Get Cracking! 10 Ways to Reuse Egg Cartons

The price of eggs is finally falling but it was at an all-time high just a few months ago. So if you can get some additional value on your eggs by reusing the egg carton, why not? Plus, it’s always good for planet Earth to be more sustainability-minded. Although some brands have switched to biodegradable and thus eco-friendly cardboard versions, many eggs are still packaged in Styrofoam or plastic cartons. Styrofoam takes around 500 years to break down in landfills! Even then, it’ll still be present as tiny foam pieces.

No matter which type of packaging your eggs come in, there are plenty of easy and creative ways to upcycle those empty cartons. Here are 10 of our favorites. Unless specified, you can use any kind of egg carton for these projects.

1. Start Some Seedlings

Gardening can turn into an expensive hobby in a hurry, so it’s helpful to cut financial corners wherever you can. Instead of buying plastic seed trays, use those empty egg cartons to get the job done.

First, add some drainage for water by poking a few holes in the bottom of the carton. Barton Hill Farms suggests separating the lid from the bottom, then putting it underneath the egg tray to catch any wayward water.

Next, fill each cup up halfway with seed-starting mix. Put a few seeds in each cup, then make sure they’re covered with the mix. Water the trays enough to keep the soil moist, but not totally soaked through.

Once the seedlings’ roots reach the bottom of the tray, move them to the garden (assuming the freeze risk has passed. If not, leave them in a pot indoors until the weather warms up). Pro tip: Try putting an empty half eggshell in each carton cup, then fill it up with soil and seeds. The eggshell nutrients are beneficial to budding plants.

2. Make a Worm Farm

Worms are vital to any garden, so avid gardeners will often cultivate worm farms to increase their supply. Cardboard egg cartons are ideal for this purpose, as they contain microbes since they once carried a food product. Worms love to feed on microbes!

To make your own worm farm, grab two dark, plastic bins that are at least 14 inches (36 centimeters) deep. Follow these directions to drill the correct number of holes so that the worms get lots of air. Line the bottom bin with a cut-up T-shirt or some burlap, then nest the two bins together.

Cut up some newspapers and spray them with water in the bin. Then tear up cardboard egg cartons, wet them and place them in the middle layer of the shredded newspaper. Add worms with the soil that they typically are sold with, include some worm food and enjoy a thriving worm habitat! (Note, worms and worm food are available online or at garden supply and home improvement stores).

3. Make Fire-starters

Cardboard egg cartons can quickly be made into fire starters, perfect for use when camping, grilling, sitting around the fire pit or anywhere else that requires them. Simply sprinkle dryer lint, sawdust or cotton balls in the bottom of the carton. Make sure to fill up the cups about 3/4 of the way.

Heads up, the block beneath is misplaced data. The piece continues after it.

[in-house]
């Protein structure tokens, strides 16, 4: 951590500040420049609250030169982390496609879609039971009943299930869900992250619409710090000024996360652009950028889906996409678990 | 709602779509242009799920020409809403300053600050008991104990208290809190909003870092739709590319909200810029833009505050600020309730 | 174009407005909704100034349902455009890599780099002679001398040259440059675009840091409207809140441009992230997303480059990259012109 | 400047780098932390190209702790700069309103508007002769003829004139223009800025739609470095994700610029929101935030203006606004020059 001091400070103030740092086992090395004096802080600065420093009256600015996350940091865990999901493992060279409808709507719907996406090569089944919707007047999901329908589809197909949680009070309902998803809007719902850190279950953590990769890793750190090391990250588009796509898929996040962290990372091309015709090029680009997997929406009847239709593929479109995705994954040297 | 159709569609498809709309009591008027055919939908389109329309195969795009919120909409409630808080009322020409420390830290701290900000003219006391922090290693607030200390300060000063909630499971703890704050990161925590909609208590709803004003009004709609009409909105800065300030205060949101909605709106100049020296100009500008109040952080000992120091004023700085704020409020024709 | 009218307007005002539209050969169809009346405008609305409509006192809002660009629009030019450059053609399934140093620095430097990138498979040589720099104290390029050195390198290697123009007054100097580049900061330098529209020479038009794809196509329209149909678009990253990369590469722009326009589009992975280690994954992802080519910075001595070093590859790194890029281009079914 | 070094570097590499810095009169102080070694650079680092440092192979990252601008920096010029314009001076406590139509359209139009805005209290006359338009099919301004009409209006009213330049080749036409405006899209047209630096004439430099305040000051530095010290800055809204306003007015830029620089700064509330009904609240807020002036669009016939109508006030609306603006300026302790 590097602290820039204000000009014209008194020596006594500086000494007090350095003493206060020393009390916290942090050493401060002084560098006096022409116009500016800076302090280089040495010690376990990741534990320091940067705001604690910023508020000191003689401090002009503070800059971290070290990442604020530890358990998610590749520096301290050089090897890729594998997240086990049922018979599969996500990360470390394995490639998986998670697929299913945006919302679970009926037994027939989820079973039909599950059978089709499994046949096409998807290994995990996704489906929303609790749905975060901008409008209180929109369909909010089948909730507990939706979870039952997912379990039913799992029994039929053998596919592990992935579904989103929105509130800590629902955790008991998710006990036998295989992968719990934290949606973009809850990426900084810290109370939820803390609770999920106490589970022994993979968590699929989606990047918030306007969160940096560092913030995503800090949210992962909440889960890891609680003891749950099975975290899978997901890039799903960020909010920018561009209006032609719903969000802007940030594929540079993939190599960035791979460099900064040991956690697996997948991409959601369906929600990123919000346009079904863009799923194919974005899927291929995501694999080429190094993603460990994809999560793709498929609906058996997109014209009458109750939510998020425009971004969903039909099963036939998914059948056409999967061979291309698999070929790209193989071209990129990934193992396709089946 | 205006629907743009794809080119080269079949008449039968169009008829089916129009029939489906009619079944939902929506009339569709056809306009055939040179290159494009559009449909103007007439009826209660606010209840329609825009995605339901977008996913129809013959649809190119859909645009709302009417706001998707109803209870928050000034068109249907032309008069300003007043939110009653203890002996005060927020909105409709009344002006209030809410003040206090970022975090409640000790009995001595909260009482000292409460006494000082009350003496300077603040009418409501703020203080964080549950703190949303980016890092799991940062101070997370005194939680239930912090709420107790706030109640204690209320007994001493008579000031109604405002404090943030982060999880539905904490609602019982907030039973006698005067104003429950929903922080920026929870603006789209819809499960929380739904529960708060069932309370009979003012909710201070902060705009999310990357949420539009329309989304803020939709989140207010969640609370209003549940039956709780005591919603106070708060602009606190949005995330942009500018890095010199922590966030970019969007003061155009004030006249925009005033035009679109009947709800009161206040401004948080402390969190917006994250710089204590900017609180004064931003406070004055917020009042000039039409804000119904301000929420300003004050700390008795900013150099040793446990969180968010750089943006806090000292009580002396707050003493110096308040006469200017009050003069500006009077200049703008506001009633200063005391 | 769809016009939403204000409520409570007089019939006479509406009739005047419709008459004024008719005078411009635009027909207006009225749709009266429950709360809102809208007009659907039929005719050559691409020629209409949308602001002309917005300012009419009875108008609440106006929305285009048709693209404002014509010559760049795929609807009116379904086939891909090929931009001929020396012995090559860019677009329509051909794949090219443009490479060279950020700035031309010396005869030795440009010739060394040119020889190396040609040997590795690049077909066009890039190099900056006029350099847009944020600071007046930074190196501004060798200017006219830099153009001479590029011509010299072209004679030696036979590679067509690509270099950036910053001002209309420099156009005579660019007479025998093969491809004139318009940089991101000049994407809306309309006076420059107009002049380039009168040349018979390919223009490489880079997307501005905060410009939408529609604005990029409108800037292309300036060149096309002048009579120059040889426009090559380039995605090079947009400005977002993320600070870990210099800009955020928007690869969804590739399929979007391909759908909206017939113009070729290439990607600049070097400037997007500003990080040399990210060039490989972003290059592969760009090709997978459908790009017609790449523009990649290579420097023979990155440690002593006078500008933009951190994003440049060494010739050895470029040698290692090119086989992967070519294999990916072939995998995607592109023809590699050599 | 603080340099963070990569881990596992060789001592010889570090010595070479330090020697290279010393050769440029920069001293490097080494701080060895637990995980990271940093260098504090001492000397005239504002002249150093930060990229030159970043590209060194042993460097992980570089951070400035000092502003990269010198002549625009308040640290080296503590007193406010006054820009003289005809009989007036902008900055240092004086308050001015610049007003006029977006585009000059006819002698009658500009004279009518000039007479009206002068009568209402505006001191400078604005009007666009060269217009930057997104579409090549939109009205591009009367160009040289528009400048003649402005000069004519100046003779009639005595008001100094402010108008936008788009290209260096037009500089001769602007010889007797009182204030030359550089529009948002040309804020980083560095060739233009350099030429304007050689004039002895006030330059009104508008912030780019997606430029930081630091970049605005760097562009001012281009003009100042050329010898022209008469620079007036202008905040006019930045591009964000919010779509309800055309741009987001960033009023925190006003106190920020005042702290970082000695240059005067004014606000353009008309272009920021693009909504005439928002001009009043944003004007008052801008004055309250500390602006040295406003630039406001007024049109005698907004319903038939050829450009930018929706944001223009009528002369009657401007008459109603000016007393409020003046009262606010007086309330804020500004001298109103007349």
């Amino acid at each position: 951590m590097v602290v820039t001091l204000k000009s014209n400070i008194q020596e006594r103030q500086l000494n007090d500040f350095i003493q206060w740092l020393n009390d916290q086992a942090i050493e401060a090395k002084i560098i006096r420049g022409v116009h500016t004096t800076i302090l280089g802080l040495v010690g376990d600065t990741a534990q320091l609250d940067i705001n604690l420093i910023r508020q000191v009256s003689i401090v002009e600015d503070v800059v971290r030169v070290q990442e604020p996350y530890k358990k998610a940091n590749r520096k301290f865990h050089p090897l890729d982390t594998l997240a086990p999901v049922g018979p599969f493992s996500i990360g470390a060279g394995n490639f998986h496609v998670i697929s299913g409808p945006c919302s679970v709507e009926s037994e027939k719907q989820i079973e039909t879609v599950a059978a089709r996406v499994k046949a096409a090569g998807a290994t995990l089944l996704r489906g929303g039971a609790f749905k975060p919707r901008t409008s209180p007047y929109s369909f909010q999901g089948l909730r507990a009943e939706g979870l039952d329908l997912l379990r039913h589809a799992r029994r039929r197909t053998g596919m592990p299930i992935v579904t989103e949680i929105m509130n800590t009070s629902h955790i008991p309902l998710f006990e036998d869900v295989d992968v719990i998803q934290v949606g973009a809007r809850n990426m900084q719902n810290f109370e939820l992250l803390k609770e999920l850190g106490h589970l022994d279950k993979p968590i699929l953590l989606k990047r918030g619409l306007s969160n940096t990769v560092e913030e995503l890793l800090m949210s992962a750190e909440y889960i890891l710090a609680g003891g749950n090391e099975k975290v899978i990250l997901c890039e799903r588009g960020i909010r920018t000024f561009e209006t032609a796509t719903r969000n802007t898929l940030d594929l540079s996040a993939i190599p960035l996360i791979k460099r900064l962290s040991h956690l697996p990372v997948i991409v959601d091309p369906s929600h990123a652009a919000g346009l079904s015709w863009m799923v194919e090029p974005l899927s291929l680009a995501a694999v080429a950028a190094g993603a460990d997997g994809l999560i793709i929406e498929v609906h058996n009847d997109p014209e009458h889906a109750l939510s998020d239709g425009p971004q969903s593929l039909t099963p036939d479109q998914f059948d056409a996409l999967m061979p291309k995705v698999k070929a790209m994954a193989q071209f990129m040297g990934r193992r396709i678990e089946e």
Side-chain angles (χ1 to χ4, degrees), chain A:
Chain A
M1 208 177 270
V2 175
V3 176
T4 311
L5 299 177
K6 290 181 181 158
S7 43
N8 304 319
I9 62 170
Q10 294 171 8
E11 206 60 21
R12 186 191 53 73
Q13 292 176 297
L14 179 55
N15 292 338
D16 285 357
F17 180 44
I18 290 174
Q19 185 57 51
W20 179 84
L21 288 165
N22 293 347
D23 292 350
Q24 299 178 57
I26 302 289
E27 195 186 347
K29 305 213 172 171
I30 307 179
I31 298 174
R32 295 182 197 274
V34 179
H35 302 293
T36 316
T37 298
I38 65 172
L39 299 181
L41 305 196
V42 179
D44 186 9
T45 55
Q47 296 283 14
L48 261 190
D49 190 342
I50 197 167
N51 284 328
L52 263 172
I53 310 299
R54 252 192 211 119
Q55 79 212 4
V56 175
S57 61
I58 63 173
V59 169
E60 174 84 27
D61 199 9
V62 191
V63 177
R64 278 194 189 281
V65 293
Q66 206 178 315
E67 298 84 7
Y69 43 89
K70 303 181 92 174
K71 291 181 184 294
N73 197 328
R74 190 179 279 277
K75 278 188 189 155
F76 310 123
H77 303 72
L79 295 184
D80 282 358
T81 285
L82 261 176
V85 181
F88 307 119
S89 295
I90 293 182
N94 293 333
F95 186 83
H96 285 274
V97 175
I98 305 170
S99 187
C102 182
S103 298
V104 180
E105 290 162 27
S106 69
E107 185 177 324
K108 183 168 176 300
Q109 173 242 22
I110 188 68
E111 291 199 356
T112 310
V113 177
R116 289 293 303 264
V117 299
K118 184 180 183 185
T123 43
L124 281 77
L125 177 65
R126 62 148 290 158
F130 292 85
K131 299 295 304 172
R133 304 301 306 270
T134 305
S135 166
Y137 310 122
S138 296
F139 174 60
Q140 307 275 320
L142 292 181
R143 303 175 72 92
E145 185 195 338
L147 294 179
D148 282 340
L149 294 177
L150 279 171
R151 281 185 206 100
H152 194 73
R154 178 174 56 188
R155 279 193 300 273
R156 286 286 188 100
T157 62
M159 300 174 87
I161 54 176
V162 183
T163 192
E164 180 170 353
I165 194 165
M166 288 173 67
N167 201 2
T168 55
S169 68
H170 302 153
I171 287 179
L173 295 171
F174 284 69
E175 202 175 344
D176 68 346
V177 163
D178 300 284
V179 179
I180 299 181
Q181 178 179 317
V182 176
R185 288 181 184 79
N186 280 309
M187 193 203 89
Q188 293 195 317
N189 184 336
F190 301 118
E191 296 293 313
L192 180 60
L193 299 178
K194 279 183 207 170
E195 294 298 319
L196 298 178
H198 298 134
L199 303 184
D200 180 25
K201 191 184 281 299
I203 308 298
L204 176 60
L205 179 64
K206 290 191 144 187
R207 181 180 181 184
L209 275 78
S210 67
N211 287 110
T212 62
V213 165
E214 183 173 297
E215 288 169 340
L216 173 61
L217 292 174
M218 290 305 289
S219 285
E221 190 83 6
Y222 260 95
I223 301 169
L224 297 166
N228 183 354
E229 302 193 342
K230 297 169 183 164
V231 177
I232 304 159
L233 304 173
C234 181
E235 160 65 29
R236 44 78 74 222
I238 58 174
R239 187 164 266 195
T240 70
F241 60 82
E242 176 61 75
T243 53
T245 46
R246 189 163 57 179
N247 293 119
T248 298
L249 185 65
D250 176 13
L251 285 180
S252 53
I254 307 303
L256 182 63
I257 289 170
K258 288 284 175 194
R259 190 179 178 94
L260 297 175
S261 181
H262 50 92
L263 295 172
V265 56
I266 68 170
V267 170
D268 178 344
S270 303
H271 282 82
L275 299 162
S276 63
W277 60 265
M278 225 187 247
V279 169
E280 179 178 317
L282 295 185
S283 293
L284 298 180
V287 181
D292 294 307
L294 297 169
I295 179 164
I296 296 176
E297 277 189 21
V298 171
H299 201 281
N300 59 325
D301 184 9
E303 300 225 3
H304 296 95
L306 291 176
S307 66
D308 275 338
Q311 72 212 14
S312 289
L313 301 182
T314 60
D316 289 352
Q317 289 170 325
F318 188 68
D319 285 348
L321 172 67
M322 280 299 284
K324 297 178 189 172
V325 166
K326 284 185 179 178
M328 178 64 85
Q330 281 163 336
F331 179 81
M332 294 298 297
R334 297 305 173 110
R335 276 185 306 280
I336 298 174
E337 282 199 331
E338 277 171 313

Next, melt an old candle or some other type of wax in a saucepan. Once melted, carefully pour the wax on top of the lint/sawdust. Allow it to cool, then when you’re ready to use them rip the cardboard sections apart and light the outside of the cup.

4. Use as Organizers

Thanks to their neat little sections, old egg cartons are perfect for organizing small things, like nuts, bolts, screws, nails and so on. This is also a great hack for jewelry, nail polishes, office supplies, tiny light bulbs and batteries!

5. Store Small Christmas Ornaments

Christmas is pricy enough. Forego extra expense by using empty egg cartons to store small ornaments instead of fancy sectioned boxes.

6. Create a Bird Feeder

This is an easy and cheap way to nourish the avian friends in your area, by using the whole egg carton or just a cup or two. Simply cut the top off the carton. Then poke a hole in the bottom of the individual cup, or at all corners of the rectangular carton. Thread twine through the holes and tie a knot in the bottom of each. Fill it up with birdseed and hang the makeshift feeder in a tree.

7. Replace Packing Peanuts

Here’s one that’s ideal for Styrofoam containers. Rather than purchase earth-unfriendly packing peanuts, tear up old Styrofoam egg cartons to add padding to packages.

8. Entertain Your Dog

Sometimes dogs need a little bit of extra brain stimulation. Here are a few ideas, using egg cartons:

Hide treats inside an empty cardboard egg carton to challenge them to learn how to open the box. Close the lid over the box but don’t lock it.

For dogs who’ve mastered the first trick, increase the difficulty by hiding treats in the egg compartments, each covered with a scrunched-up ball of paper or a small ball.

Put an exceptionally tasty (and smelly) treat, like a hot dog chunk inside the carton. Let the dog sniff it, then tell the pup to stay while you hide it. Tell the dog to “find it,” then watch in amazement as the pooch tracks it down.

9. Perfect Your Paint Palette

The next time you or your kid wants to paint, section off the various colors using an empty egg carton. This will reduce mess and contamination but will also allow for a handy mixing spot when combining colors.

10. Make Ice Cubes

First, make sure the carton is nice and clean. A Styrofoam carton is best, as water will freeze without binding to the box. Then, fill it up with water and pop it into the freezer. This should generate ice cubes in a pinch that are easy to remove!

Adventurous chefs like Alton Brown swear by meatballs oven-baked inside cardboard egg cartons. Be sure to spray the carton with cooking spray first so the meatballs don’t stick.

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